The Unique Climate Change Implications Of Maritime Law

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The Unique Climate Change Implications Of Maritime Law
In 2019, less than one percent of the 60,000 cargo ships sailing the oceans used any type of alternative fuel.

Most countries have elected leaders. Some have dictators, others have monarchs.  No matter which one runs a country, they all make laws of the land. But those laws taper off offshore.

The first 12 nautical miles off the coast of a country are the territorial sea, and a country has full authority to enforce it laws there. But then it starts getting murky. Over the next 12 nautical miles is the contiguous zone. A country’s rules start to wane, but it has rights to protect itself.

This is also where we start measuring out 200 nautical miles to mark the exclusive economic zone, where a country has the rights to fishing and minerals.

Past this, it's no-man's land. No one owns it, because everyone owns it. And that’s why the United Nations created the International Maritime Organization, or IMO, which is responsible for safety and security on the high seas, and preventing ship pollution.

Those big cargo ships navigating the oceans are responsible for 90 percent of global trade, and they burn a lot of heavy oil to move the goods around the world.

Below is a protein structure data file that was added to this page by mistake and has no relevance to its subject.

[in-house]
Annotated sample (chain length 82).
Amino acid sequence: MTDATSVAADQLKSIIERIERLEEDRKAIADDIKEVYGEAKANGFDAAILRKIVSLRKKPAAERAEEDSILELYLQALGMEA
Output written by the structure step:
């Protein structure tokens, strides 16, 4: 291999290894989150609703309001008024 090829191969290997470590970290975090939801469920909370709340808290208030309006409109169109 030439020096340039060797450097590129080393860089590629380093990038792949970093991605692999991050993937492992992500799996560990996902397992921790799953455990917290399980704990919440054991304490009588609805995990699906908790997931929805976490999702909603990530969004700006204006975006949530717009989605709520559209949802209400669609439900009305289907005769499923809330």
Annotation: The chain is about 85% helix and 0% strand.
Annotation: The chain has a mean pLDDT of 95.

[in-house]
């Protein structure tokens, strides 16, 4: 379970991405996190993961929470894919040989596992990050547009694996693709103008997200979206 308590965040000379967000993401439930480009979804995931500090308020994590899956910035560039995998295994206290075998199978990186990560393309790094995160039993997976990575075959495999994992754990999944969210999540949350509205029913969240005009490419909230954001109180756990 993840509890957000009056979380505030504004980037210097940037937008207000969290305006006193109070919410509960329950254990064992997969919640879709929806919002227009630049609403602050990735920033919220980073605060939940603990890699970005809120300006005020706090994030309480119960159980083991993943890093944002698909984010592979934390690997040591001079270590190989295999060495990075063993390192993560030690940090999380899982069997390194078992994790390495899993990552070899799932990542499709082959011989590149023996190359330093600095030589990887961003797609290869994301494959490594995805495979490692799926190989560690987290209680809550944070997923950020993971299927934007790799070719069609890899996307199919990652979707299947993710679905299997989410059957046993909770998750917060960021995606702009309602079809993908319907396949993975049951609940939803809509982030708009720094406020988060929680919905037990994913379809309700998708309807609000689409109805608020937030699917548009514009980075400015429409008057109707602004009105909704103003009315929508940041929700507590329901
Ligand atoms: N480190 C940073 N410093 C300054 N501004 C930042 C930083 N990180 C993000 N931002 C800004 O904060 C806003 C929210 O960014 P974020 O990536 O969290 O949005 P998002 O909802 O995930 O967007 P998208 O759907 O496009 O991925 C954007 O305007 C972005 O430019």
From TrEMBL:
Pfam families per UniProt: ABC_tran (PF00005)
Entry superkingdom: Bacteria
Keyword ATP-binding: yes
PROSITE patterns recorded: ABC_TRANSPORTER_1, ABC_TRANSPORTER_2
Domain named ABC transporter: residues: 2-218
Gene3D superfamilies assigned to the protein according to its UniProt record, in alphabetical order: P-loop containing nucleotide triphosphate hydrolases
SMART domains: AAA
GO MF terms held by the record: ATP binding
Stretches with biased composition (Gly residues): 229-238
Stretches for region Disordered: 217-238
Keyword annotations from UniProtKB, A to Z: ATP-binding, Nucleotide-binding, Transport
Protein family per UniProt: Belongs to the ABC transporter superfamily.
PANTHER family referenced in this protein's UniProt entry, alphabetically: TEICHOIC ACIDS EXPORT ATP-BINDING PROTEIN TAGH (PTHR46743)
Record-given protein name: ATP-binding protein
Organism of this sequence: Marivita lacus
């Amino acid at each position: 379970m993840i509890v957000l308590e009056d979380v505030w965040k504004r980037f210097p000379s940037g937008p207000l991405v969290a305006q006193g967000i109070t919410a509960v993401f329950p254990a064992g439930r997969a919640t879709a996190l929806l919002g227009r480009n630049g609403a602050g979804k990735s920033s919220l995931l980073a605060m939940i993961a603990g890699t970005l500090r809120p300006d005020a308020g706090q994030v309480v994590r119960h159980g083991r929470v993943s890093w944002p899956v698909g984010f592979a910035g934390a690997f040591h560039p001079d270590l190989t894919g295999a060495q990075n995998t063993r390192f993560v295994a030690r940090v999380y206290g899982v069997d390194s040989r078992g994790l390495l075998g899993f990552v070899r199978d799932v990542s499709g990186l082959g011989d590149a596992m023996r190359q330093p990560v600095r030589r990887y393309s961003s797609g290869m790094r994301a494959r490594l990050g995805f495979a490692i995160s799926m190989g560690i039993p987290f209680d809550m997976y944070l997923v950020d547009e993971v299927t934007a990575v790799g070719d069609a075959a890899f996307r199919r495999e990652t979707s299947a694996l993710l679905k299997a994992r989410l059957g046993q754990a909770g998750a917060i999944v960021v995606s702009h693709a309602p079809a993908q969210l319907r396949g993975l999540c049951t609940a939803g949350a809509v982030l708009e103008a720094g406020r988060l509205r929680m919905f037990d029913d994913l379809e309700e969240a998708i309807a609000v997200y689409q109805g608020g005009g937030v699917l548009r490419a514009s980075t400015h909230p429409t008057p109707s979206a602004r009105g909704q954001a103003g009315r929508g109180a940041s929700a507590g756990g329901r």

In 2019, less than one percent of the 60,000 cargo ships sailing the oceans used any type of alternative fuel.  

The IMO is working to cut greenhouse gas emissions, but the shipping industry, which generates as much carbon dioxide as all of America’s coal plants each year, works to  water down emission restrictions, block lower sailing speeds and fights to keep the worst polluting vessels sailing. 

But the IMO is moving ahead with finalizing its emissions reduction plan by next year.

The new goal: cut ship emissions in half by 2050.

That’s not enough. Or fast enough for climate activists who want a zero emissions target, which would cost shipping companies more than two trillion dollars to implement.  

The environmental group Ocean Conservancy accuses the IMO of delaying cuts to make the shipping industry happy, saying "The IMO has given shipping a clear greenlight to continue polluting for years to come.”  

The IMO denies the criticism and claims shipping is less damaging to the environment than land-based transportation.